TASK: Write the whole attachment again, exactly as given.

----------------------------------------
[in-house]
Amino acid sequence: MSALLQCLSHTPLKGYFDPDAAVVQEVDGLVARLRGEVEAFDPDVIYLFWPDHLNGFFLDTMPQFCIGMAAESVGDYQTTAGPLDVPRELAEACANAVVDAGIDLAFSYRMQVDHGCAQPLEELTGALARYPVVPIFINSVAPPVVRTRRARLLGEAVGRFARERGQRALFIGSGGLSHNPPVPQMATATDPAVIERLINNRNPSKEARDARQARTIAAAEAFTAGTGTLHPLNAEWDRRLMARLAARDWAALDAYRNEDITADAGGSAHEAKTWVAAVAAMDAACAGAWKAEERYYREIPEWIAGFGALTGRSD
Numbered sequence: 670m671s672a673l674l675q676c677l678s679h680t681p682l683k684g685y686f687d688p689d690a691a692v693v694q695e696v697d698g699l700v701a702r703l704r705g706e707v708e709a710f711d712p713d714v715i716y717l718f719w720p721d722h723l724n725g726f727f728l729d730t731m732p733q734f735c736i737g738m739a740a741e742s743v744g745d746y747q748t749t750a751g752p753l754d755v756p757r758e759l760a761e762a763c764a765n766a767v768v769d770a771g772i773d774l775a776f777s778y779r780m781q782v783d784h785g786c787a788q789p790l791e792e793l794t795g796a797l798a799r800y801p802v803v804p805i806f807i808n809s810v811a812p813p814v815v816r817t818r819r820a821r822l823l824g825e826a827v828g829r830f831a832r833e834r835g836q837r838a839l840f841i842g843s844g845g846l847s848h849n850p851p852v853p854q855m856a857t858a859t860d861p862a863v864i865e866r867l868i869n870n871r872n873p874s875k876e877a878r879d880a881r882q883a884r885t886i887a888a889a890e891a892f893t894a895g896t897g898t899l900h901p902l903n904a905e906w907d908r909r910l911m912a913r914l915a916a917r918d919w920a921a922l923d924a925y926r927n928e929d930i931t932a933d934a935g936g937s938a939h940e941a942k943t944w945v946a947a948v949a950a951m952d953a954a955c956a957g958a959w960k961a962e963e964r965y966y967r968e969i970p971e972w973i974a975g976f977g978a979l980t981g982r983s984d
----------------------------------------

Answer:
[in-house]
Amino acid sequence: MSALLQCLSHTPLKGYFDPDAAVVQEVDGLVARLRGEVEAFDPDVIYLFWPDHLNGFFLDTMPQFCIGMAAESVGDYQTTAGPLDVPRELAEACANAVVDAGIDLAFSYRMQVDHGCAQPLEELTGALARYPVVPIFINSVAPPVVRTRRARLLGEAVGRFARERGQRALFIGSGGLSHNPPVPQMATATDPAVIERLINNRNPSKEARDARQARTIAAAEAFTAGTGTLHPLNAEWDRRLMARLAARDWAALDAYRNEDITADAGGSAHEAKTWVAAVAAMDAACAGAWKAEERYYREIPEWIAGFGALTGRSD
Numbered sequence: 670m671s672a673l674l675q676c677l678s679h680t681p682l683k684g685y686f687d688p689d690a691a692v693v694q695e696v697d698g699l700v701a702r703l704r705g706e707v708e709a710f711d712p713d714v715i716y717l718f719w720p721d722h723l724n725g726f727f728l729d730t731m732p733q734f735c736i737g738m739a740a741e742s743v744g745d746y747q748t749t750a751g752p753l754d755v756p757r758e759l760a761e762a763c764a765n766a767v768v769d770a771g772i773d774l775a776f777s778y779r780m781q782v783d784h785g786c787a788q789p790l791e792e793l794t795g796a797l798a799r800y801p802v803v804p805i806f807i808n809s810v811a812p813p814v815v816r817t818r819r820a821r822l823l824g825e826a827v828g829r830f831a832r833e834r835g836q837r838a839l840f841i842g843s844g845g846l847s848h849n850p851p852v853p854q855m856a857t858a859t860d861p862a863v864i865e866r867l868i869n870n871r872n873p874s875k876e877a878r879d880a881r882q883a884r885t886i887a888a889a890e891a892f893t894a895g896t897g898t899l900h901p902l903n904a905e906w907d908r909r910l911m912a913r914l915a916a917r918d919w920a921a922l923d924a925y926r927n928e929d930i931t932a933d934a935g936g937s938a939h940e941a942k943t944w945v946a947a948v949a950a951m952d953a954a955c956a957g958a959w960k961a962e963e964r965y966y967r968e969i970p971e972w973i974a975g976f977g978a979l980t981g982r983s984d